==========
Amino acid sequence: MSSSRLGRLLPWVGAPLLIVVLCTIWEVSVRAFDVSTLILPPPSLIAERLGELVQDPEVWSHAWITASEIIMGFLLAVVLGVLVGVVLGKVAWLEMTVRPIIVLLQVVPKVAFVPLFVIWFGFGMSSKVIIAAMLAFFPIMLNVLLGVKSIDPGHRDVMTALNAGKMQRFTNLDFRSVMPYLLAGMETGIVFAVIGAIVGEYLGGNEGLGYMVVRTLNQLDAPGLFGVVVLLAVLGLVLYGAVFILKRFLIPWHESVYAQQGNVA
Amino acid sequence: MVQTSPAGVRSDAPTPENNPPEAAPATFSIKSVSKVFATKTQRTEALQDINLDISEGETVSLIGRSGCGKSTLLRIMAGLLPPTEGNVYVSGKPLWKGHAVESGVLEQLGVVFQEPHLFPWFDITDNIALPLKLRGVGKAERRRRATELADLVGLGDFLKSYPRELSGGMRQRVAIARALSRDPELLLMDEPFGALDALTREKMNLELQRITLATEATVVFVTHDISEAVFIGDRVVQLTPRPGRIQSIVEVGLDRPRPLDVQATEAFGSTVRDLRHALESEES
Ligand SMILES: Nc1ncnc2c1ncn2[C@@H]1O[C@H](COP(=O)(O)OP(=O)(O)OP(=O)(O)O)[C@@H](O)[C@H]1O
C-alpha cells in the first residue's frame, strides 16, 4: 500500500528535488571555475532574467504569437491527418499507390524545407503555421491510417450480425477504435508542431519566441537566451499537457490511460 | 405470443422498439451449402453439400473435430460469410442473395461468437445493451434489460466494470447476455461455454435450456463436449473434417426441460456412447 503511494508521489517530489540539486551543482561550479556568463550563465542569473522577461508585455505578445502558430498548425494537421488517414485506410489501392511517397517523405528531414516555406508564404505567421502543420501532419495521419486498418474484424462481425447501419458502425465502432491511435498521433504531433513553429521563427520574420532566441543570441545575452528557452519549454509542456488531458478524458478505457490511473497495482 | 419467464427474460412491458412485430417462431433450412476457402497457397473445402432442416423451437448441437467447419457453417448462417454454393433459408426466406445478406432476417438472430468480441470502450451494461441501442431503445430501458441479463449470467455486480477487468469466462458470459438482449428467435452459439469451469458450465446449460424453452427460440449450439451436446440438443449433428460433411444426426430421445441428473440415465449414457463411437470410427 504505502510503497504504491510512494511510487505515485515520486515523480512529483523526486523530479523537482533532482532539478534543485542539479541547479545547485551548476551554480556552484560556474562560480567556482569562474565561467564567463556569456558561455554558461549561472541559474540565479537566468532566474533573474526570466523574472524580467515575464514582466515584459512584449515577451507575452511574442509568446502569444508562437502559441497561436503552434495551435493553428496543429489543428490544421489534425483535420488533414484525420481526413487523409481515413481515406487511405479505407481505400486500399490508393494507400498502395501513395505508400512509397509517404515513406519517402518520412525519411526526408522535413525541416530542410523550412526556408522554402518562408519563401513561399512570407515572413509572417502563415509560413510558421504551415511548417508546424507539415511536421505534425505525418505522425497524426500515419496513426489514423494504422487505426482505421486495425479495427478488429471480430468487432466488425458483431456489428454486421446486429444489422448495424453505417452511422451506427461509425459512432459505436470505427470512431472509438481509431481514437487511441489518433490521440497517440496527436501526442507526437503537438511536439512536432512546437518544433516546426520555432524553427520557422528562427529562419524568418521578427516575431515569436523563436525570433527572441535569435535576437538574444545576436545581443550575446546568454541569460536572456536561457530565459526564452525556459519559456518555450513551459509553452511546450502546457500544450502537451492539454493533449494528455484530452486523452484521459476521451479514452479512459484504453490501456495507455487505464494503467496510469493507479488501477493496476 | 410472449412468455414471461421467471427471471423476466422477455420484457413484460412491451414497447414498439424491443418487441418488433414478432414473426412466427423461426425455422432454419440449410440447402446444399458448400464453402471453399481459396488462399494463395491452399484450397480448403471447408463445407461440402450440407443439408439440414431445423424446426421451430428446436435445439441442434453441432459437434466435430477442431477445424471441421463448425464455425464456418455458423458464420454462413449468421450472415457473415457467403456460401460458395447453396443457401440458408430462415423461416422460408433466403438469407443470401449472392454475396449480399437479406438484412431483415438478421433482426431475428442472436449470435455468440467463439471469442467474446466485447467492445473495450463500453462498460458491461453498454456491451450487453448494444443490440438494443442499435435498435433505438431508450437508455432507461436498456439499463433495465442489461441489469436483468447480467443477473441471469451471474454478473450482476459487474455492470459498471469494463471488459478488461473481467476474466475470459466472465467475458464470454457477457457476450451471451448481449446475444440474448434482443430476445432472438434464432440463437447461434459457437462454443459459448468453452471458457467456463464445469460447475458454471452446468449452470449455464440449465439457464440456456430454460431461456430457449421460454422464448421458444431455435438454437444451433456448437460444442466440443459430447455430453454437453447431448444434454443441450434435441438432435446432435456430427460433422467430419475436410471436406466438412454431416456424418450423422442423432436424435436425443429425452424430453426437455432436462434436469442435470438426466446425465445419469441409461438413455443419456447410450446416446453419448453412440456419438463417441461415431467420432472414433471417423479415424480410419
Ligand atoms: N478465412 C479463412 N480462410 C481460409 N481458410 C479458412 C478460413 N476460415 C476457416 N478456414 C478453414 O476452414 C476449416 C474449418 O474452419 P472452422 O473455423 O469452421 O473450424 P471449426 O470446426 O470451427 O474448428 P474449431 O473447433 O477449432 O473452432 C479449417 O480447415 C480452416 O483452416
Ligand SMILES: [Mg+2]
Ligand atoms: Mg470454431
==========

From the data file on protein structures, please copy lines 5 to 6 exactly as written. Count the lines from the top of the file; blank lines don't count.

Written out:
Ligand atoms: N478465412 C479463412 N480462410 C481460409 N481458410 C479458412 C478460413 N476460415 C476457416 N478456414 C478453414 O476452414 C476449416 C474449418 O474452419 P472452422 O473455423 O469452421 O473450424 P471449426 O470446426 O470451427 O474448428 P474449431 O473447433 O477449432 O473452432 C479449417 O480447415 C480452416 O483452416
Ligand SMILES: [Mg+2]